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Apple Diversifies Its Retail Game with Stores at Non-Traditional Venues

Apple Diversifies Its Retail Game with Stores at Non-Traditional Venues

Mall owners might still be debating whether they should confer the status of anchor and associated privileges on Apple stores within their centers, but Apple is already thinking about its next step in the site selection game.

After setting up shop at class-A malls and high traffic urban streets around the country, the current golden goose of retailing appears to have set its sights on transportation hubs and college campuses.

In July, Apple confirmed that it signed a 10-year lease with New York City’s Metropolitan Transportation Authority (MTA) to open a 23,000-square-foot store at Grand Central Terminal. Apple has reportedly agreed to pay $800,000 a year for the high-profile location, previously occupied by a restaurant. The rate might eventually increase to $1 million a year.

Since the beginning of the year, Apple has also been looking at potential locations within bookstores on large college campuses. In February, Yale Daily News reported the retailer was negotiating a store in a vacant Barnes & Noble space at its New Haven, Conn. campus. In May, the University of Delaware announced that Apple would open a store within an existing bookstore on its campus. Apple did not return calls seeking comment.

Opening stores at non-traditional venues would be a nice complement to Apple’s existing fleet, helping to promote the brand among long-term Dell users as well as target locations with extremely high traffic counts and an appetite for computer gadgets, according to Lew Kornberg, managing director in the corporate retail solutions group of commercial real estate services firm Jones Lang LaSalle.

“Apple wrote the textbook on the interconnectivity of branding and sales,” Kornberg notes. “I suspect part of what they are doing with Grand Central is trying to further expose their brand and product. But Grand Central is also the epicenter of the mobile consumer; the iPad and the iPhone are geared to folks on the move, so Grand Central makes perfectly good sense.”

Similarly, opening stores on college campuses could help Apple gain market share among the higher education crowd, which has traditionally gravitated toward Dell, according to Joseph French, national director of retail with Sperry Van Ness, a commercial real estate brokerage firm. French has three college-age children and he notes that in the past he was reluctant to buy them Apple computers because there were no Apple repair shops on their campuses. (There were often Dell venues).

Having an Apple store on site would make it more likely the students’ parents would invest in Apple products, since many of the kids already use some of them, French says.

“Clearly, Apple had made major inroads at colleges,” he notes. “Even though iPods are $100 [apiece], college kids dispose of them at a pretty rapid rate, and the new iPad has basically captured the tablet market. By making themselves that much more available, I think college campuses will be a successful plan for Apple.”

Tricky execution

The brokers Site Optimizer interviewed for this story thought that transportation venues would be a limited play for Apple, since few hubs can compare to Grand Central Terminal in daily foot traffic and overall prominence. In addition, Grand Central offers the kind of convenience that can hardly be matched by even the highest profile existing Apple stores, according to French.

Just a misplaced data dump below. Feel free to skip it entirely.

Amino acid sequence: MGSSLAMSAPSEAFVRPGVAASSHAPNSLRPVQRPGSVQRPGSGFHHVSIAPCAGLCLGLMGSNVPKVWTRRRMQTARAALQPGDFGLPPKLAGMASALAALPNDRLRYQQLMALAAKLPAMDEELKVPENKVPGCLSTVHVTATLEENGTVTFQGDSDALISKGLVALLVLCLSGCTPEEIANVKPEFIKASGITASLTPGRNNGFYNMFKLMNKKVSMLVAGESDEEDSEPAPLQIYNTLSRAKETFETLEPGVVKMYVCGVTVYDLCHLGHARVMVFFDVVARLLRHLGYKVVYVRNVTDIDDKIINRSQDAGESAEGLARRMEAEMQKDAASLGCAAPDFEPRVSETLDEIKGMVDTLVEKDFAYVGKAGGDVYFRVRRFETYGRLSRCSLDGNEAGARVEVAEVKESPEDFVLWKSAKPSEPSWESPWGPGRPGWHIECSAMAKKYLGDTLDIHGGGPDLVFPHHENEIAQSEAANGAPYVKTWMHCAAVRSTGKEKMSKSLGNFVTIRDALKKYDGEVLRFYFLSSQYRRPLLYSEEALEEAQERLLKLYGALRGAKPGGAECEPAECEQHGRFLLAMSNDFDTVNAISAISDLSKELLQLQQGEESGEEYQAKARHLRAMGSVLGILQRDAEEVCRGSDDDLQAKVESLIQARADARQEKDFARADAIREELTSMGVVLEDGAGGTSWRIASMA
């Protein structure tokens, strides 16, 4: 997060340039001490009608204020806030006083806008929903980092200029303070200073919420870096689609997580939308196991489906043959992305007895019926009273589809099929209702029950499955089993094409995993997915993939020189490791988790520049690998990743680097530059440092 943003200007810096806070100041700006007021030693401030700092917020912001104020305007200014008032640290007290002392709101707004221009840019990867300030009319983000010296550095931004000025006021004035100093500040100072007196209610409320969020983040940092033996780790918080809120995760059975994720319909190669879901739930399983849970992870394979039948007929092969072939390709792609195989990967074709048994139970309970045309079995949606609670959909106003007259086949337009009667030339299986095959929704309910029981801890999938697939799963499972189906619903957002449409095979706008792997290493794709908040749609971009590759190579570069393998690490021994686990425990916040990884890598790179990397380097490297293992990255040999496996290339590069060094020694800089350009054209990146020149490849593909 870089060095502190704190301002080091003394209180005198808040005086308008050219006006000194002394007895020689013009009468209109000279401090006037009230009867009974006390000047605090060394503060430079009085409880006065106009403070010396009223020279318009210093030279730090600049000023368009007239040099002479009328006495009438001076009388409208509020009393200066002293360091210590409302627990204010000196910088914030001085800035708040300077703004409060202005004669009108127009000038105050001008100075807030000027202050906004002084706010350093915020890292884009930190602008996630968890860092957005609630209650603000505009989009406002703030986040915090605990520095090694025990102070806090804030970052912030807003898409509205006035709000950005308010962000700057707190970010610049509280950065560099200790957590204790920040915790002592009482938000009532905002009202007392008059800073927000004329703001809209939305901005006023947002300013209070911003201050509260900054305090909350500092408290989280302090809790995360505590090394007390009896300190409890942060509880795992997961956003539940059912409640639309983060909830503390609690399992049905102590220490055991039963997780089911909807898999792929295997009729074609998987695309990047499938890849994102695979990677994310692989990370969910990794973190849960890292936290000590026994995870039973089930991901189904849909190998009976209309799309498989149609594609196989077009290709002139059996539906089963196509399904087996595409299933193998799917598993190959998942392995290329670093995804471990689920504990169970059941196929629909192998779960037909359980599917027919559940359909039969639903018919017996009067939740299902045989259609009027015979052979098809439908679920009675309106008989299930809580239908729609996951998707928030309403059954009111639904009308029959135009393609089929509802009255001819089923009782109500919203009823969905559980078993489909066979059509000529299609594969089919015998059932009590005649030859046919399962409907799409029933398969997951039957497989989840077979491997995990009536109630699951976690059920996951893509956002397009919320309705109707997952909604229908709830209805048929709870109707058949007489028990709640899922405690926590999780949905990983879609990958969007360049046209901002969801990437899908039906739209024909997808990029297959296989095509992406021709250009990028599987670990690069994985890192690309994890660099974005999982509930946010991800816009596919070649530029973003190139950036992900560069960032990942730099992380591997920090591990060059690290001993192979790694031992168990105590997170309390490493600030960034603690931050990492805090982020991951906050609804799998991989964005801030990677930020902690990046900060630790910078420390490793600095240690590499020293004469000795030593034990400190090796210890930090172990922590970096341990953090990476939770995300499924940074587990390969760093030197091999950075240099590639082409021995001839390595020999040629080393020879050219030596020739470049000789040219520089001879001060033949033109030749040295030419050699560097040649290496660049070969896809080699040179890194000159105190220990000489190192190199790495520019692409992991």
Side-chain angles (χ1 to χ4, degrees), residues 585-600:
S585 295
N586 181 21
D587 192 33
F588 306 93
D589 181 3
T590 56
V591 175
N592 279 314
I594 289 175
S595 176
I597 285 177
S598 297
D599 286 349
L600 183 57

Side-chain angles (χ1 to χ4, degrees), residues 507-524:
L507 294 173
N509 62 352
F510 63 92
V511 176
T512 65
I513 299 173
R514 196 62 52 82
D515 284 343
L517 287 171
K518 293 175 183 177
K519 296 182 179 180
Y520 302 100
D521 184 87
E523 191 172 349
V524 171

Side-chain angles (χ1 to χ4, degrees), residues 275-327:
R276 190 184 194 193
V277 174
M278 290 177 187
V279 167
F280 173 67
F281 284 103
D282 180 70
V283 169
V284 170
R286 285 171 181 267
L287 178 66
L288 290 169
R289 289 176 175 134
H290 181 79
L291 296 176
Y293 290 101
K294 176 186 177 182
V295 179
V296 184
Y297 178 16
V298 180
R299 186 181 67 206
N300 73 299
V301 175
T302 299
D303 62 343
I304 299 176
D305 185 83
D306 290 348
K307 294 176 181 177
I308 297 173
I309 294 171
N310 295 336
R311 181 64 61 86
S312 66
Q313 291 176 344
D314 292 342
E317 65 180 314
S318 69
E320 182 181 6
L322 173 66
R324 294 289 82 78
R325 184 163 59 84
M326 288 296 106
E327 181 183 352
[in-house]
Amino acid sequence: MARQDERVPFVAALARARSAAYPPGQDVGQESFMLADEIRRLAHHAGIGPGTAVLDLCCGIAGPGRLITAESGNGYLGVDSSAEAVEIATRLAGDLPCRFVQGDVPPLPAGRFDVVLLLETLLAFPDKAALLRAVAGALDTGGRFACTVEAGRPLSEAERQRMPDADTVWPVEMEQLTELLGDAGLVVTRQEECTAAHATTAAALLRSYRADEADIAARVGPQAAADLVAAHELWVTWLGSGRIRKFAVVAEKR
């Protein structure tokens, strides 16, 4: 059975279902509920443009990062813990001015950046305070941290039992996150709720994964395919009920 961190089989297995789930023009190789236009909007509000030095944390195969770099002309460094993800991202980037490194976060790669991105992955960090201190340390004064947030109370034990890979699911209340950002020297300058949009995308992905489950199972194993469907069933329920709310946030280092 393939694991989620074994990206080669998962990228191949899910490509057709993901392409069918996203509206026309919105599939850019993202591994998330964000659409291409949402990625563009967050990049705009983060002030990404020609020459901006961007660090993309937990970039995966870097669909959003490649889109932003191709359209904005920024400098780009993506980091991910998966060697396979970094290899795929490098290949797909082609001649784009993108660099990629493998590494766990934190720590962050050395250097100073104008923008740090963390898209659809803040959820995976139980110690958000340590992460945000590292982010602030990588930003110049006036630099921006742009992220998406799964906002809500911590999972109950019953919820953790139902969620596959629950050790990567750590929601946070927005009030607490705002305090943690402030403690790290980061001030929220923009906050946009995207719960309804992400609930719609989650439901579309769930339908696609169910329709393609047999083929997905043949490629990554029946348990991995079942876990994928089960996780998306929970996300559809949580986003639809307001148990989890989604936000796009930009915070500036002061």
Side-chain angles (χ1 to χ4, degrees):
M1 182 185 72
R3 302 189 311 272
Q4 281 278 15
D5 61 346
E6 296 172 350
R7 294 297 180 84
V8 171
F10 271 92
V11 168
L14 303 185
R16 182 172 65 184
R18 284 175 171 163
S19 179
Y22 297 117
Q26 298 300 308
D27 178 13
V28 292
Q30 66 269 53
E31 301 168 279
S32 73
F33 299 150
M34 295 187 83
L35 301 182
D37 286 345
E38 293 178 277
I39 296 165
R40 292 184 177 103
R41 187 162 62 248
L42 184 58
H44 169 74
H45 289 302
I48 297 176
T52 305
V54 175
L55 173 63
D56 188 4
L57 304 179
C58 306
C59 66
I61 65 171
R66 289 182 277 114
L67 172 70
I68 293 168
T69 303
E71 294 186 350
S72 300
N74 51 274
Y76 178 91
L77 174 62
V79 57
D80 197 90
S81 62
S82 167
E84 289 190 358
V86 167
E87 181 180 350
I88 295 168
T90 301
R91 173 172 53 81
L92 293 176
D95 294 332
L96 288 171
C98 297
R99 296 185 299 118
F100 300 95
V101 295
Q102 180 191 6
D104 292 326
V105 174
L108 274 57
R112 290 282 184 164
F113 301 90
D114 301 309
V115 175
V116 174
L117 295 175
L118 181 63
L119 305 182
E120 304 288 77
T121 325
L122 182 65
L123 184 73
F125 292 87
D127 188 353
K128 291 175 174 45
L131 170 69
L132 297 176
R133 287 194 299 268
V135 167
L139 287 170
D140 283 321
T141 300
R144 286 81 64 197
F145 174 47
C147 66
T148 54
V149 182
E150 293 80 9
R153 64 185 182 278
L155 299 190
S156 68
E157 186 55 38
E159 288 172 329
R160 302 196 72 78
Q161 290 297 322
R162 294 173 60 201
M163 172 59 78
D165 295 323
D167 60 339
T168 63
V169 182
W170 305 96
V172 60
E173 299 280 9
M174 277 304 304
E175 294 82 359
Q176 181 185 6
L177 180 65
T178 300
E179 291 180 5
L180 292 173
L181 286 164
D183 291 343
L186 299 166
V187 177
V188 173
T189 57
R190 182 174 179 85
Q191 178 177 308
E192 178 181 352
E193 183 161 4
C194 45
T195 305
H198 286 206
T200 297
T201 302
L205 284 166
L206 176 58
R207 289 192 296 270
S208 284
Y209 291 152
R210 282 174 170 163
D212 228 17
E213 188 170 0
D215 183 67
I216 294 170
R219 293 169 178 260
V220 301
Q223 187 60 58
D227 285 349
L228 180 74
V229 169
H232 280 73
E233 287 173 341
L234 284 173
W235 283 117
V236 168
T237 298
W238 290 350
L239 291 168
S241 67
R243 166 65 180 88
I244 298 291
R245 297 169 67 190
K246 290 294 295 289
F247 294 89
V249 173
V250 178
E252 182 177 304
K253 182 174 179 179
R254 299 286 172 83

“It’s much easier to get to than the General Motors [GM] building,” French says, referring to Apple’s store on Fifth Avenue and 59th Street in New York. “The sales here will be astronomical and I predict it will surpass the GM store.”

There might be a few other stations around the country where Apple could make a similar play, including Union Station in Washington, D.C., Ogilvie Transportation Center in Chicago and 30th Street Station in Philadelphia, according to Kornberg. But there is no reason to expect an Apple store at dozens of transportation terminals, he notes.

When it comes to campus stores, the main issue might be the fact that students don’t typically buy their own computer gadgets, says Jason Baker, principal with Houston, Texas-based Baker Katz, a commercial real estate services firm and a member of X Team International, a retail real estate brokerage alliance. Instead, parents are often the ones purchasing big ticket items like computers at home.

One way to ensure a successful strategy on campuses would be to target universities with high population densities, including schools in big cities like Boston and schools with student counts of at least 40,000, notes French. The Harvard bookstore in Cambridge, Mass., for instance, tends to draw not only Harvard students, but also tourists and people who live in the area, he says. Other campuses that might fit the mold would be University of South California in Los Angeles and Duke University in Durham, N.C.

It would also be a smart move to limit Apple’s presence on campuses to stores-within-stores which, by necessity, would be a lot smaller than its mall locations, say both French and Baker. While universities normally charge lower rents than traditional retail venues, the equation has to work out for Apple in terms of sales per square foot, Baker notes.

In many cases, campus stores “are less profit centers for the college and more of an amenity or a service that a college could point to during a tour,” he says.

TAGS: News Retail
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